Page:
II. Federal Admiralty Law Bars Trace's Affirmative Defense

"With admiralty jurisdiction comes the application of substantive admiralty law." Grubart, 513 U.S. at 545 (quoting East River S.S. Corp. v. Transamerica Delaval Inc., 476 U.S. 858, 864, 106 S.Ct. 2295, 90 L.Ed.2d 865 (1986)). "[T]he smooth flow of maritime commerce is promoted when all vessel operators are subject to the same duties and liabilities." Foremost Ins. Co. v. Richardson, 457 U.S. 668, 676, 102 S.Ct. 2654, (1982). Otherwise stated, "[t]he benefit of applying federal law in admiralty is uniformity." Rufolo v. Midwest Marine Contractor, Inc., 6 F.3d 448, 451 (7th Cir. 1993), vacated and remanded on other grounds, 511 U.S. 1050, 114 S.Ct. 1609, 128 L.Ed.2d (1994). "The 'savings to suitors' provision of 28 U.S.C. § 1333(1) (conferring on the federal courts original jurisdiction, exclusive of the state courts, over 'any civil case of admiralty or maritime jurisdiction, saving to suitors in all cases all other remedies to which they are otherwise entitled') precludes automatic preemption of state remedies by admiralty law." Robinson v. Alter Barge Line, Inc., 513 F.3d 668, 672 (7th Cir. 2008) (emphasis added); see also Bagrowski v. American Export Isbrandtsen Lines, Inc., 440 F.2d 502, 506 (7th Cir. 1971) ("As a general proposition, it may be said that federal power is dominant in the maritime field[.]"). "[A] 'State may modify or supplement the maritime law by creating liability which a court of admiralty will recognize and enforce'" only if the "'state action is not hostile to the characteristic features of the maritime law or inconsistent with federal legislation,' or in other words when there is no 'clear conflict' with admiralty law." Id. (internal citations omitted). "While states may sometimes supplement federal maritime policies, a state may not deprive a person of any substantial admiralty rights as defined in controlling acts of Congress or by interpretative decisions of this Court." Bagrowski, 440 F.2d at 507; see id. at 506 (holding that "states may not deprive a party of a federally created maritime right").

The Supreme Court has created a non-statutory right of contribution in admiralty cases. Cooper Stevedoring Co. v. Fritz Kopke, Inc., 417 U.S. 106, 94 S.Ct. 2174, 40 L.Ed.2d 694 (1974); Matter of Oil Spill by Amoco Cadiz Off Coast of France on March 16, 1978, 954 F.2d 1279, 1315 (7th Cir. 1992); Hillier v. Southern Towing Co., 714 F.2d 714, 719 (7th Cir. 1983) (Cooper Stevedoring "made clear that contribution is the general rule in noncollision as well as collision cases"). Although admiralty law historically divided the parties' damages equally, it has evolved to employ a comparative fault regime, allocating damages that are proportionate to each tortfeasor's determined liability. United States v. Reliable Transfer Co., Inc., 421 U.S. 397, 411, 95 S.Ct. 1708, 44 L.Ed.2d 251 (1975); see also McDermott Inc. v. AmClyde, 511 U.S. 202, 208, 114 S.Ct. 1461, 128 L.Ed.2d 148 (1994); City of Chicago v. M/V Morgan, 375 F.3d 563, 573 (7th Cir. 2004); Schadel v. Iowa Interstate R.R., Ltd., 381 F.3d 671, 678 (7th Cir. 2004). To cap contributions from third-party defendant employers, as Trace seeks to do in its affirmative defense, would therefore deprive RQM and Brunswick of "substantially admiralty rights as defined . . . by interpretative decisions of" the Seventh Circuit -- namely, the full extent of their proportionate liability. Bagrowski, 440 F.2d at 507. Accordingly, Trace's affirmative defense must fail.*fn4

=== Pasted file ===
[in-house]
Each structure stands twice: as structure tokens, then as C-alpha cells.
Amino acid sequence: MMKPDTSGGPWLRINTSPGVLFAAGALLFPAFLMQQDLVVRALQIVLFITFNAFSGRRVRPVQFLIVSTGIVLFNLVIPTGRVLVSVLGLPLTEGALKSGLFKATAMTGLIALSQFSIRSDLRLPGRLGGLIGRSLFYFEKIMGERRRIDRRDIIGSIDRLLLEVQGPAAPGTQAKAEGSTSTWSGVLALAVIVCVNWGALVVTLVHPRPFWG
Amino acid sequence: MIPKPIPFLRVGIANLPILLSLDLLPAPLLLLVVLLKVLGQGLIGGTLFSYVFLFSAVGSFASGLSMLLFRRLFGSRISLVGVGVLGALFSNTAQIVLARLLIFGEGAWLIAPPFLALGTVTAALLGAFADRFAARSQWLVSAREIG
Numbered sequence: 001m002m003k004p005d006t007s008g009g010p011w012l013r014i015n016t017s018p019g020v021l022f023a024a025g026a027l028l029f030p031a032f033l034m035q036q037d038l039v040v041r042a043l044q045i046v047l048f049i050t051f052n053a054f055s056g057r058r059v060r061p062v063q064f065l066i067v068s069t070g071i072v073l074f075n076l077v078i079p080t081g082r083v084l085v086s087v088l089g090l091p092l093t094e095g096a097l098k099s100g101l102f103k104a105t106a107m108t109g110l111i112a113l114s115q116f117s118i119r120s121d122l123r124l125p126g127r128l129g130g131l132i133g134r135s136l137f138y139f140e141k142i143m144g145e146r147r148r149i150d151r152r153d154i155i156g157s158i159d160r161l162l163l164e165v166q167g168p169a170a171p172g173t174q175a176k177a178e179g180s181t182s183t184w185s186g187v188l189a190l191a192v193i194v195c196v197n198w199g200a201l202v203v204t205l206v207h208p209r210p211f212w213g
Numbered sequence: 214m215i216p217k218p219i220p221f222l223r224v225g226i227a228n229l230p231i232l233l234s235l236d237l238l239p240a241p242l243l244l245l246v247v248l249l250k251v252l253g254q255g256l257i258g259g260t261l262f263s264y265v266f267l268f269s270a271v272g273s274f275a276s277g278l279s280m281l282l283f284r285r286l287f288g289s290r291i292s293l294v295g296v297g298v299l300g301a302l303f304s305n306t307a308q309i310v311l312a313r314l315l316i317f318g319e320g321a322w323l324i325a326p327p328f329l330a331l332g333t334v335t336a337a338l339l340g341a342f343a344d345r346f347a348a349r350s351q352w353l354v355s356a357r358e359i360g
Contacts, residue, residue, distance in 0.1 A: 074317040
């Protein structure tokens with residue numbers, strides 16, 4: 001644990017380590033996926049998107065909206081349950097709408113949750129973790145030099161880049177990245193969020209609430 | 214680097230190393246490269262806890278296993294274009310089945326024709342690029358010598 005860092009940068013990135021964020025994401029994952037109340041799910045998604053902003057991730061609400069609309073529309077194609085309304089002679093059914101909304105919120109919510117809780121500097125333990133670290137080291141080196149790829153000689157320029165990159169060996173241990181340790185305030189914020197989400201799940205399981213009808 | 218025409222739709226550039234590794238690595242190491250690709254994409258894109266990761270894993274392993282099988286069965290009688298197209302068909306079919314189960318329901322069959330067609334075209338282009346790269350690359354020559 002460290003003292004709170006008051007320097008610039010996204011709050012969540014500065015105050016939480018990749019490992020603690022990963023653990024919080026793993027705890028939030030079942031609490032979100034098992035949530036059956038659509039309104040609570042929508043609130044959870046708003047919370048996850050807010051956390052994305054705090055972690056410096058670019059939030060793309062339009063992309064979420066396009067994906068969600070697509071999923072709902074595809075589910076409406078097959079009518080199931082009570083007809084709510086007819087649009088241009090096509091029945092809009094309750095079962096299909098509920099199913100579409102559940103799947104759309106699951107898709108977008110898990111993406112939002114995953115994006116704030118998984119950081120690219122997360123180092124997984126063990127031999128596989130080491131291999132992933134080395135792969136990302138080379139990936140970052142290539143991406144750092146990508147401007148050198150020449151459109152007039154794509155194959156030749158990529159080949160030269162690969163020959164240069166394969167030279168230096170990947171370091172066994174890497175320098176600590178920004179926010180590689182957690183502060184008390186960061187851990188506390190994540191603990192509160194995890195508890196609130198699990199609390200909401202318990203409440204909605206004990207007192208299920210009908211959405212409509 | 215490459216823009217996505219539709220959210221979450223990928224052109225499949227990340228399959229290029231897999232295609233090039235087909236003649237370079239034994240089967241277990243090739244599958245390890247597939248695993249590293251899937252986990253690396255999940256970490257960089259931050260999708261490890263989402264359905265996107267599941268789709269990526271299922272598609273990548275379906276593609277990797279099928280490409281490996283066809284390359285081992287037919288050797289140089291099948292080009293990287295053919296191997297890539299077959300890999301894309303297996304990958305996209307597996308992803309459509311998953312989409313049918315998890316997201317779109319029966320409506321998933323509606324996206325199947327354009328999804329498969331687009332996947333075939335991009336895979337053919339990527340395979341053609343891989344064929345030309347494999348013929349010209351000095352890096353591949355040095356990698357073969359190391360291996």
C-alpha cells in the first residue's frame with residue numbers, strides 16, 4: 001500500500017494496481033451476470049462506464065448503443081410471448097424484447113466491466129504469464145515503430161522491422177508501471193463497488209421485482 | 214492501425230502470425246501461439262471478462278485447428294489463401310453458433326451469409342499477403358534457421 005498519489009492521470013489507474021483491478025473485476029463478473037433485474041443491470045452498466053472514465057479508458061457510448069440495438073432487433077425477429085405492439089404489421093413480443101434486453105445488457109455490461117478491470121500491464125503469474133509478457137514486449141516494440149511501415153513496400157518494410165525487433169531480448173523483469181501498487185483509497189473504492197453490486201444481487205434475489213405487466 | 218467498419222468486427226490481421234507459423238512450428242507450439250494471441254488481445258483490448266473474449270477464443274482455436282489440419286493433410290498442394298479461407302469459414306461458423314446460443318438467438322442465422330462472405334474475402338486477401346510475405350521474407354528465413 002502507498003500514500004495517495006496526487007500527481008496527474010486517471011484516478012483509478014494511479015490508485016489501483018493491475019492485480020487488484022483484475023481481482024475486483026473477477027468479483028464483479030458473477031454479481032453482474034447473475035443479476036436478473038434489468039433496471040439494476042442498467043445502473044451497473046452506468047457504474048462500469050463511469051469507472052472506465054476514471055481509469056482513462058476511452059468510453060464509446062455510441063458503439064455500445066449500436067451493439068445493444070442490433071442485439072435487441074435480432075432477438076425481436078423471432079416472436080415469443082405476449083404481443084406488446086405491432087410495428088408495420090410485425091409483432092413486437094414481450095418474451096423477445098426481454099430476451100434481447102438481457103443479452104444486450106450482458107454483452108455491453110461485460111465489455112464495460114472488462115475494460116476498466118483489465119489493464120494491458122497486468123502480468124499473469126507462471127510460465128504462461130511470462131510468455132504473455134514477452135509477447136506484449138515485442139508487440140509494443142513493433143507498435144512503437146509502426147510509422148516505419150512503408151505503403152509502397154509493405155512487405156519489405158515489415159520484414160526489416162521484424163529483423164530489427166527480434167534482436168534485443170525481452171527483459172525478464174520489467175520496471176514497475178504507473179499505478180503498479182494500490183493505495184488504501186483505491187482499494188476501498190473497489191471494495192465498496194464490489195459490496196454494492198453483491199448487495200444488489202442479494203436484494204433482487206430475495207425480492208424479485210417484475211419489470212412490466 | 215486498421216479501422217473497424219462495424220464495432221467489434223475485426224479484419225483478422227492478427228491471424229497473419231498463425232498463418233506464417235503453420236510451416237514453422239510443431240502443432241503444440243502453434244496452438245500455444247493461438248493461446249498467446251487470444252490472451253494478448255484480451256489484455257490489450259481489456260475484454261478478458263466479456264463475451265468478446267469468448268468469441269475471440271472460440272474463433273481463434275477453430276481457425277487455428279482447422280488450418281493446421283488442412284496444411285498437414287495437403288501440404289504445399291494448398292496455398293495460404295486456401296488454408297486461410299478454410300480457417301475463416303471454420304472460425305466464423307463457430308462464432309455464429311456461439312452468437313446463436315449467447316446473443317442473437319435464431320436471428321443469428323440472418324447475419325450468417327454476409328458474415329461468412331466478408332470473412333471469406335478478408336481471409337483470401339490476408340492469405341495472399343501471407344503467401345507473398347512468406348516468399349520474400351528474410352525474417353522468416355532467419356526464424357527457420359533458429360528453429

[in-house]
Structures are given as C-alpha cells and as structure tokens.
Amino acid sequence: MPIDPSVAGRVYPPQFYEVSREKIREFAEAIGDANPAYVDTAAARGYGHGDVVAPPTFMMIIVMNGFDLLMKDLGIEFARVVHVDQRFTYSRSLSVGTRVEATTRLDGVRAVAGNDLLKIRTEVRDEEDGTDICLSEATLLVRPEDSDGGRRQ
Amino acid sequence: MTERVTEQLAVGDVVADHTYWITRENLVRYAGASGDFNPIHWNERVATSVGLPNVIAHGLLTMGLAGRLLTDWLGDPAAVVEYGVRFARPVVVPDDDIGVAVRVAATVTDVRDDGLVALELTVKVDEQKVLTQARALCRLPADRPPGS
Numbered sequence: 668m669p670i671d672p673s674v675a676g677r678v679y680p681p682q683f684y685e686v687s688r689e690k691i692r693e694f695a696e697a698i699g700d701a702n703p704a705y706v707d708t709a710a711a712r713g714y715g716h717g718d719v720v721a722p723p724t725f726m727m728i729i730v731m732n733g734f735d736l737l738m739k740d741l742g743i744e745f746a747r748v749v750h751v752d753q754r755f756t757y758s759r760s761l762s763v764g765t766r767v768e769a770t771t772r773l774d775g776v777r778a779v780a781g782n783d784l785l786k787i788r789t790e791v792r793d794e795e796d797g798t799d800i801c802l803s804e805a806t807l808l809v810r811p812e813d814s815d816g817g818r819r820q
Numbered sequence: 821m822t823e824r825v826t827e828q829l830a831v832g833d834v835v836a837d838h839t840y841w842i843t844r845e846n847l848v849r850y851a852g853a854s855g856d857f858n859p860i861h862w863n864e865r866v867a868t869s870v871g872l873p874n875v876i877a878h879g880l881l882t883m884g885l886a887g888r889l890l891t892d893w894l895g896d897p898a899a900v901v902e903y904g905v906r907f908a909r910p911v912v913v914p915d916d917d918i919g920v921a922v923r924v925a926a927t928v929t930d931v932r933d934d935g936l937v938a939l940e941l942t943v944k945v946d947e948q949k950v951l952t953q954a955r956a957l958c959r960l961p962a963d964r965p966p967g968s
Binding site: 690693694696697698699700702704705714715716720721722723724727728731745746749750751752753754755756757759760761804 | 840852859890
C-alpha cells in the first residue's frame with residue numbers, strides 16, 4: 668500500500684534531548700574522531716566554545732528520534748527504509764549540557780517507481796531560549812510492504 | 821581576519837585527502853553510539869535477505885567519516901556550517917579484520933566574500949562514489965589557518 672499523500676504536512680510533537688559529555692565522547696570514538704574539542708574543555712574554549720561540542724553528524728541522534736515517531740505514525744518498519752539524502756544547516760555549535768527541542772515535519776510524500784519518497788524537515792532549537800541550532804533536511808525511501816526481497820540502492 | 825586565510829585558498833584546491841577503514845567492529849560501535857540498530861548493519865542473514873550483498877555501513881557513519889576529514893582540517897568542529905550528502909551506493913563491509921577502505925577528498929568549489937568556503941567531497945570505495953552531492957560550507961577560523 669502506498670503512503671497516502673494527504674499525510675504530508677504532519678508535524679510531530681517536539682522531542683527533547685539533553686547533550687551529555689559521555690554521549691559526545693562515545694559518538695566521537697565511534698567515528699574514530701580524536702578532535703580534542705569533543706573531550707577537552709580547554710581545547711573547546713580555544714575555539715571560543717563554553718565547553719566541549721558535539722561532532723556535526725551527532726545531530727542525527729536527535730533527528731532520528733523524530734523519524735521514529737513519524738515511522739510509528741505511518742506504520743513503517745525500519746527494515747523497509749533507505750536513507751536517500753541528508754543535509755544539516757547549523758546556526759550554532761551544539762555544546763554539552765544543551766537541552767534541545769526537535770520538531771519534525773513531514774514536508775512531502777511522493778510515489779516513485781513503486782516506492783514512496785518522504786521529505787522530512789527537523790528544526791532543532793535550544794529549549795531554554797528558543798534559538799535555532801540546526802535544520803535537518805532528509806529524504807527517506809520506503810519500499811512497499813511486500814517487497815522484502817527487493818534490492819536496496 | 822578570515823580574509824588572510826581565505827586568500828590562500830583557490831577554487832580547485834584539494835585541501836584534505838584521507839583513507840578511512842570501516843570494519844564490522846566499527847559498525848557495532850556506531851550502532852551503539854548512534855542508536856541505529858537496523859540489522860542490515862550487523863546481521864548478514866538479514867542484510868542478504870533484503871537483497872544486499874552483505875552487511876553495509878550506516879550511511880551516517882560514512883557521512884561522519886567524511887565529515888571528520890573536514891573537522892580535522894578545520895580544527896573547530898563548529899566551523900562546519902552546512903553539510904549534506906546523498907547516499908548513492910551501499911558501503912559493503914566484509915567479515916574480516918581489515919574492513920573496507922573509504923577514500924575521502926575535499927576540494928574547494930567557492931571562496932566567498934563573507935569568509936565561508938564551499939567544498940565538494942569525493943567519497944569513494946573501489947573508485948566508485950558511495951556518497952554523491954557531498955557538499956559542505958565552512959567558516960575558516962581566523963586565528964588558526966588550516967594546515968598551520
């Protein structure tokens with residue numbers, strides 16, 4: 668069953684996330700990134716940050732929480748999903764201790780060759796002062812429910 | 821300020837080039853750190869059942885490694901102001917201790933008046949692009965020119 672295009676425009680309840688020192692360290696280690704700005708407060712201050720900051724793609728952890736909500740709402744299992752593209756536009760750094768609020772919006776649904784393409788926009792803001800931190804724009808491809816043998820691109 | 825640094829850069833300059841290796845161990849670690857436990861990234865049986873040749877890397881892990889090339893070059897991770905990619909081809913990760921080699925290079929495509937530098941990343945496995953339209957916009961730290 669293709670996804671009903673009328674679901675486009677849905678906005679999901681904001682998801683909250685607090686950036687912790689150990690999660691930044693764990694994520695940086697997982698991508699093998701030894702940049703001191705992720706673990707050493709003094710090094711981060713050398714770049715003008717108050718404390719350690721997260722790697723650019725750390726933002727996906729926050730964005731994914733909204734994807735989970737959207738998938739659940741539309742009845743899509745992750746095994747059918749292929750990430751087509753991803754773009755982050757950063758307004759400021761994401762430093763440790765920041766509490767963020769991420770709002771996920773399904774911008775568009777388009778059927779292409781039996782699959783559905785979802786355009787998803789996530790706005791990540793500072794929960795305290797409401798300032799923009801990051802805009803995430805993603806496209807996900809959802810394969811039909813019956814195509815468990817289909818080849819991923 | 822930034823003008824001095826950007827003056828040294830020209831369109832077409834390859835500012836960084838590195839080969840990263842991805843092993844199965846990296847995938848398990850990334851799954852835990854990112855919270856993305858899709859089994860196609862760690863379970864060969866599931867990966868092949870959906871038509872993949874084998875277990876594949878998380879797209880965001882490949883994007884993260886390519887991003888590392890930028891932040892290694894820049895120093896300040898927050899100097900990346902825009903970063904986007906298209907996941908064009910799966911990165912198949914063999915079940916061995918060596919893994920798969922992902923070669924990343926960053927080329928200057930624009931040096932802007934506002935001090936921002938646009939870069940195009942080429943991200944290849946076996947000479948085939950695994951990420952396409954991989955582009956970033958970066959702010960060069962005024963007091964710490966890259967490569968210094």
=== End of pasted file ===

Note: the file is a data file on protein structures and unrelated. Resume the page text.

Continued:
As an additional note, the Seventh Circuit has rejected a substantially similar argument. In Bagrowski, a longshoreman suffered injuries while performing work on a steamship. The injured man received benefits from his employer, the City of Milwaukee, under the Wisconsin Workmen's Compensation Act. Approximately one year later, the injured man sued the steamship's owner in admiralty. The steamship's owner, in turn, filed a third-party contribution claim against the City of Milwaukee. The City of Milwaukee moved to dismiss the steamship owner's third-party action on the grounds that it had paid workmen's compensation benefits to its employee, and that such payment was the exclusive remedy against the City. Bagrowski, 440 F.2d at 503. The district court granted the City's motion and dismissed the action. On appeal, the Seventh Circuit considered whether the Wisconsin Workmen's Compensation Act precluded the shipowner from recovering under federal maritime law. Taking into account how its sister circuits resolved similar disputes, the court found that the state workers' compensation law could not preempt a shipowner's right to seek indemnification from the City of Milwaukee. Id. at 509. This reasoning further supports the Court's holding in this case.

Lastly, the Court addresses Trace's argument regarding the Longshore and Harbor Workers' Compensation Act ("LHWCA"). Trace submits that since the IWCA is "not contrary" to the federal LHWCA, then the Court should apply the IWCA as a quasi-extension of the LHWCA's underlying principles regarding employer liability. Trace cites no authority for this proposition. Furthermore, as the Seventh Circuit has discussed, "in enacting the 1972 Amendments to the LHWCA, 'Congress did not seek to cover all those who breathe salt air.' . . . The [Supreme] Court [has] interpreted Congress's purpose as covering 'those workers on the situs who are involved in the essential elements of loading and unloading; it is "clear that persons who are on the situs but not engaged in the overall process of loading or unloading vessels are not covered.'" Scott v. Trump Indiana, Inc., 337 F.3d 939, 946 (7th Cir. 2003) (internal citations and quotations omitted). Even if the Court were willing to entertain Trace's argument, it would not hold water because unlike the IWCA, the LHWCA only applies to a limited number of expressly maritime-related workers. Trace's argument fails.


For the reasons stated above, the Court grants RQM and Brunswick's motions to strike Trace's affirmative defense.


AMY J. ST. EVE United States District Court Judge